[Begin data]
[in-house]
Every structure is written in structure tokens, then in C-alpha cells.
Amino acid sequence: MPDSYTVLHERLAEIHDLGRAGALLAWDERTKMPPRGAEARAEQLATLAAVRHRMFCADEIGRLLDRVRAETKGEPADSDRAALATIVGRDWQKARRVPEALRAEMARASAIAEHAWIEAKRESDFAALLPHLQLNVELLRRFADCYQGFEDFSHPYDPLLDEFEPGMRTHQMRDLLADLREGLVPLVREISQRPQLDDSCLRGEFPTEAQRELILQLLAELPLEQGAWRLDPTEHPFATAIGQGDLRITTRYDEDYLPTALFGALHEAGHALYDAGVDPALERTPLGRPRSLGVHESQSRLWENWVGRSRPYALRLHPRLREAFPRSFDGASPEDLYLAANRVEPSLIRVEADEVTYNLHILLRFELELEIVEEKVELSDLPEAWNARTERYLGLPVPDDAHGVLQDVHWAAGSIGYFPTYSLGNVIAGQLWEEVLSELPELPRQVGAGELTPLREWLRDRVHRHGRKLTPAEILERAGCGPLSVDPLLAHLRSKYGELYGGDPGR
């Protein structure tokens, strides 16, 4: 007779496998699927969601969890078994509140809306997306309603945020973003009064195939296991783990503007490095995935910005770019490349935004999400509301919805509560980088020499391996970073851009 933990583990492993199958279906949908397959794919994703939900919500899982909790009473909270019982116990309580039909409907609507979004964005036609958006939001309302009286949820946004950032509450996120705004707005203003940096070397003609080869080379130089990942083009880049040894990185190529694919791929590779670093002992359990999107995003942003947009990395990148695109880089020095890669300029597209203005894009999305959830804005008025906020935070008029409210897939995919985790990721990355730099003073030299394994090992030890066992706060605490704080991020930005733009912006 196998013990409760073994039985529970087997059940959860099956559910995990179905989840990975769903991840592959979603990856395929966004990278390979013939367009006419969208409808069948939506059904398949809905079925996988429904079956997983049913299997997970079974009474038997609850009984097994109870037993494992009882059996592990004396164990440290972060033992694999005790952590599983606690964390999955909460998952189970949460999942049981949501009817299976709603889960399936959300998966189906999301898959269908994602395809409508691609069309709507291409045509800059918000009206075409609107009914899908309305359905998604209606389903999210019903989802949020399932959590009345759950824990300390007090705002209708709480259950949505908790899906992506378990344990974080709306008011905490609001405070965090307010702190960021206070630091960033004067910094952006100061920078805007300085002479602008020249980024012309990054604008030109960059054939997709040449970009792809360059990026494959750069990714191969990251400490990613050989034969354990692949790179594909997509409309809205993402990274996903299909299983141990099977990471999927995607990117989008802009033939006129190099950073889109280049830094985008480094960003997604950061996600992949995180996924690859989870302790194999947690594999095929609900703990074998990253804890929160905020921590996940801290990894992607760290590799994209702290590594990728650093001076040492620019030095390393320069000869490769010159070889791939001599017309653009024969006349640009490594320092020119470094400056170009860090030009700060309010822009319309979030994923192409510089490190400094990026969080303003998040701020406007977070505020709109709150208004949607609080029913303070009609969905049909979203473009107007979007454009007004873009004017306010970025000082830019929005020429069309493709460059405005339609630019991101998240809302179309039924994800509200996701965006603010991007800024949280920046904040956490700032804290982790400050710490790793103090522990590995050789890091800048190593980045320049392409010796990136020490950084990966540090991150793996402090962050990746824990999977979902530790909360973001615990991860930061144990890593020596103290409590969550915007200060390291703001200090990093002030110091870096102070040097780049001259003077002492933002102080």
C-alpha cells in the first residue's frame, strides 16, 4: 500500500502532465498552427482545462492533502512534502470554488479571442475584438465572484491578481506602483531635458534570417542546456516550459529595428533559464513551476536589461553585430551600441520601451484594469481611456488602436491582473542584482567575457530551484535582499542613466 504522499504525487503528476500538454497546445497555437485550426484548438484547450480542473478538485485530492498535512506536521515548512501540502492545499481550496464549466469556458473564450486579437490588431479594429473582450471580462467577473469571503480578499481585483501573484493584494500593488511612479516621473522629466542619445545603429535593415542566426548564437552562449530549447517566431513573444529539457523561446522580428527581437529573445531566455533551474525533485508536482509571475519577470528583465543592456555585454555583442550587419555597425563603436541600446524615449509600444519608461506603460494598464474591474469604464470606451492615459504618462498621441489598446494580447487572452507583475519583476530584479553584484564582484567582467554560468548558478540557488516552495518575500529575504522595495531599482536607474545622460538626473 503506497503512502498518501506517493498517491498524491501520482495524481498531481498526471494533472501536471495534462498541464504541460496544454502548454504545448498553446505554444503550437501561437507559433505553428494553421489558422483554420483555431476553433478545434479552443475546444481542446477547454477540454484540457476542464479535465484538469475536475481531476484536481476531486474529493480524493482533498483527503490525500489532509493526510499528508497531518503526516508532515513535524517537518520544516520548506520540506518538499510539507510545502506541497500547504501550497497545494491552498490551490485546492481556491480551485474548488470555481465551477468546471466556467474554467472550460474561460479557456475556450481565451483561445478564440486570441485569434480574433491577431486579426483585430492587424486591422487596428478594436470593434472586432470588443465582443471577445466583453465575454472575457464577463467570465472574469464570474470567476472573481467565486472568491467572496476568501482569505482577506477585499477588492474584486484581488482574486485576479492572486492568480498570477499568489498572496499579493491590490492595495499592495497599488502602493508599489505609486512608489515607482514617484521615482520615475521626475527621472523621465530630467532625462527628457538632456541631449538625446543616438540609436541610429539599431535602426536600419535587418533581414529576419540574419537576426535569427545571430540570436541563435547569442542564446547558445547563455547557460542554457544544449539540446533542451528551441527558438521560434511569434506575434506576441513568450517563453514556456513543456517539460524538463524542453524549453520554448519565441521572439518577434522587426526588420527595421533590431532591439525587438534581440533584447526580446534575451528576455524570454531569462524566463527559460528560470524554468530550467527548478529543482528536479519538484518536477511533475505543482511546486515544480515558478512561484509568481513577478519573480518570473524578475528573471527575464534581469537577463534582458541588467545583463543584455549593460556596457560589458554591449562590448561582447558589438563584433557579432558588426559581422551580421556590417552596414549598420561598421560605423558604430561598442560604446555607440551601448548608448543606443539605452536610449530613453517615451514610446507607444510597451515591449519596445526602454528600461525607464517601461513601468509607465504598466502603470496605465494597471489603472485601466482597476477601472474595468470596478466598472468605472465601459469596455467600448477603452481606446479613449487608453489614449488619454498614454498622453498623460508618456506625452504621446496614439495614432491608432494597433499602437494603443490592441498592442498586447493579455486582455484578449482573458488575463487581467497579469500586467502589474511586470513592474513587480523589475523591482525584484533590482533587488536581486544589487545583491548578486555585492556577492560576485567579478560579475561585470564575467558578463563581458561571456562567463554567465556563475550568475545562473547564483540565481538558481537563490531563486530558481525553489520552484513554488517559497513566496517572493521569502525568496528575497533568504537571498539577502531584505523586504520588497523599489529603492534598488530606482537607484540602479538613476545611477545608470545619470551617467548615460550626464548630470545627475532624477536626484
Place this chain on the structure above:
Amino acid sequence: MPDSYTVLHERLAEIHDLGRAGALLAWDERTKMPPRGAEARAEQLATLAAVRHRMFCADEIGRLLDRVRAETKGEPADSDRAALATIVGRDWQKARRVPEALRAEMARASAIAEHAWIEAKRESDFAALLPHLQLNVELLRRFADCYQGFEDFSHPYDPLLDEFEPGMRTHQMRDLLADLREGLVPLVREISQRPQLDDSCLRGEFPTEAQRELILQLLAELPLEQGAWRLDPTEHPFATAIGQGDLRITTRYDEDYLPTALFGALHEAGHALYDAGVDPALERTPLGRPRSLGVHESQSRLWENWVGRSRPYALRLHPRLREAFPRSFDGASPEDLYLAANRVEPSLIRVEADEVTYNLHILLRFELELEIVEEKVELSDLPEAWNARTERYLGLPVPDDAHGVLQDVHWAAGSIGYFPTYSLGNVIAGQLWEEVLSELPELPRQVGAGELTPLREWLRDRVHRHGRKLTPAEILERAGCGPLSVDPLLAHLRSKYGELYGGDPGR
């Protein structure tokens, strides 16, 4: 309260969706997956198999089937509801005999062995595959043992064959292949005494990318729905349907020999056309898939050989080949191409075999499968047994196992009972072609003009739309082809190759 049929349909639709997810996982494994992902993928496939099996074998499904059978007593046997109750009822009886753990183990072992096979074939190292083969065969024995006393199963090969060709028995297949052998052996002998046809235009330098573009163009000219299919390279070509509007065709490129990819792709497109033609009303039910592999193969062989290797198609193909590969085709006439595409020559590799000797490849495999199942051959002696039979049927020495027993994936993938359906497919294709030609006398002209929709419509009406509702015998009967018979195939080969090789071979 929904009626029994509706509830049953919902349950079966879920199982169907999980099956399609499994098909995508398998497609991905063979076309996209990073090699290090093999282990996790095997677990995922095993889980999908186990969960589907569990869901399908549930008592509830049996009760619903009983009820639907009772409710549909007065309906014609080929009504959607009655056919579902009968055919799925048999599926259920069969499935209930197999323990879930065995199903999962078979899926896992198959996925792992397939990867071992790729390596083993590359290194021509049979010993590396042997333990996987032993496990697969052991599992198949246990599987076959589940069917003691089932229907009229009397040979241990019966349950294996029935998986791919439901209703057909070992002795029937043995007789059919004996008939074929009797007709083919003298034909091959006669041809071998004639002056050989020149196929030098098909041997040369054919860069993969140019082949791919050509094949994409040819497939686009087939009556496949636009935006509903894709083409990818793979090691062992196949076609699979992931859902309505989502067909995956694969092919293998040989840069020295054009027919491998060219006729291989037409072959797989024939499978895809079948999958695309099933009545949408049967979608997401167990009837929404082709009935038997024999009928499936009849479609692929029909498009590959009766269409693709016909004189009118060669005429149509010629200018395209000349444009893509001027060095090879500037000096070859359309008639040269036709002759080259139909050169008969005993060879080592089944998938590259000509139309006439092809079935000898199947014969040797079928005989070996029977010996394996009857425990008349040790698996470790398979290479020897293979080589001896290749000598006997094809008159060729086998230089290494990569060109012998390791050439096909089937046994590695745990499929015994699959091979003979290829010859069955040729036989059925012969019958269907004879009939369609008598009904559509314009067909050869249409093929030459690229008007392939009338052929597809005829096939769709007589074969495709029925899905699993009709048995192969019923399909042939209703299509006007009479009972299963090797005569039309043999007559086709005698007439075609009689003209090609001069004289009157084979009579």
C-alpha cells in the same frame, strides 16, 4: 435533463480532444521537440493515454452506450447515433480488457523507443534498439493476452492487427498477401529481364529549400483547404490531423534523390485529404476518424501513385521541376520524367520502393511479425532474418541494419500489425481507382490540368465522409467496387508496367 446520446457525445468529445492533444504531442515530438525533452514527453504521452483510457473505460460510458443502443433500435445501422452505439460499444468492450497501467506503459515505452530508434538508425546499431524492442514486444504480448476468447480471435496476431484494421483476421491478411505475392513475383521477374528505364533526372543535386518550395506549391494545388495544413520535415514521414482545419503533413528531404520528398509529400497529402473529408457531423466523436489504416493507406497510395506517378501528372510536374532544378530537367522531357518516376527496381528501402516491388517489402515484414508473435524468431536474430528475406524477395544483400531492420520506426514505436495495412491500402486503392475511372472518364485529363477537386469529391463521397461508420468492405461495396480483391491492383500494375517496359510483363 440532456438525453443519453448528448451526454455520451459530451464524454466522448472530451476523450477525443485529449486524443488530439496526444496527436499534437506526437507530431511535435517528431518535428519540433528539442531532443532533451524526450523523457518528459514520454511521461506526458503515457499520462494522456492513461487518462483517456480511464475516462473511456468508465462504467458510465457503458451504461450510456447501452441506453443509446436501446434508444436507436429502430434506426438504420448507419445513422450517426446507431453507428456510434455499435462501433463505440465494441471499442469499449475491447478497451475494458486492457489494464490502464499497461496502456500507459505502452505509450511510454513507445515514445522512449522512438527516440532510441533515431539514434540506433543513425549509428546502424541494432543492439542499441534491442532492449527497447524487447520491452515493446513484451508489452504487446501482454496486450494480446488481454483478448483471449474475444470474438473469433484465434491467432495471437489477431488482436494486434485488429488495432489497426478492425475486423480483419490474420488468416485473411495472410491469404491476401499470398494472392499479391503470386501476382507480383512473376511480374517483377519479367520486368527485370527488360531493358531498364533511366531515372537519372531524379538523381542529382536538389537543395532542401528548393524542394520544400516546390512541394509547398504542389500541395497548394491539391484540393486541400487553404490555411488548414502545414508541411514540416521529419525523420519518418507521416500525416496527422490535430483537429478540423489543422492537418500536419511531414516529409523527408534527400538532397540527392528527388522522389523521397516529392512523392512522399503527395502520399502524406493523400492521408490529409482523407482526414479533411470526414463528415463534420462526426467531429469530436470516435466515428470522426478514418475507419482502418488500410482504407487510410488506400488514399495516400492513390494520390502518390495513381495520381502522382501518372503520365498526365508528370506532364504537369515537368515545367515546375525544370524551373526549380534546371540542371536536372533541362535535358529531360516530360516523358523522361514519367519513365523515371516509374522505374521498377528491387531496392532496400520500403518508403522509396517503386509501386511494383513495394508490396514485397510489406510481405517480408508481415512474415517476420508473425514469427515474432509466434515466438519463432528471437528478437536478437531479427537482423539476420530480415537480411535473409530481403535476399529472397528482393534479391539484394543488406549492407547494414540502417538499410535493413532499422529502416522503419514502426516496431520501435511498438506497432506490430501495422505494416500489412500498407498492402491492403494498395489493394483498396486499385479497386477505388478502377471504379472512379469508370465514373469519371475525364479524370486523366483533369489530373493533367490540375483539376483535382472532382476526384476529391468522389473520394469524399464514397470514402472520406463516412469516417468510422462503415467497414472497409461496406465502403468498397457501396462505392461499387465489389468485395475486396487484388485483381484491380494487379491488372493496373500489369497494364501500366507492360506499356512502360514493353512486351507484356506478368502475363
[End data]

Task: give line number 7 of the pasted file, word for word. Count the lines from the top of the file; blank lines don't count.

Amino acid sequence: MPDSYTVLHERLAEIHDLGRAGALLAWDERTKMPPRGAEARAEQLATLAAVRHRMFCADEIGRLLDRVRAETKGEPADSDRAALATIVGRDWQKARRVPEALRAEMARASAIAEHAWIEAKRESDFAALLPHLQLNVELLRRFADCYQGFEDFSHPYDPLLDEFEPGMRTHQMRDLLADLREGLVPLVREISQRPQLDDSCLRGEFPTEAQRELILQLLAELPLEQGAWRLDPTEHPFATAIGQGDLRITTRYDEDYLPTALFGALHEAGHALYDAGVDPALERTPLGRPRSLGVHESQSRLWENWVGRSRPYALRLHPRLREAFPRSFDGASPEDLYLAANRVEPSLIRVEADEVTYNLHILLRFELELEIVEEKVELSDLPEAWNARTERYLGLPVPDDAHGVLQDVHWAAGSIGYFPTYSLGNVIAGQLWEEVLSELPELPRQVGAGELTPLREWLRDRVHRHGRKLTPAEILERAGCGPLSVDPLLAHLRSKYGELYGGDPGR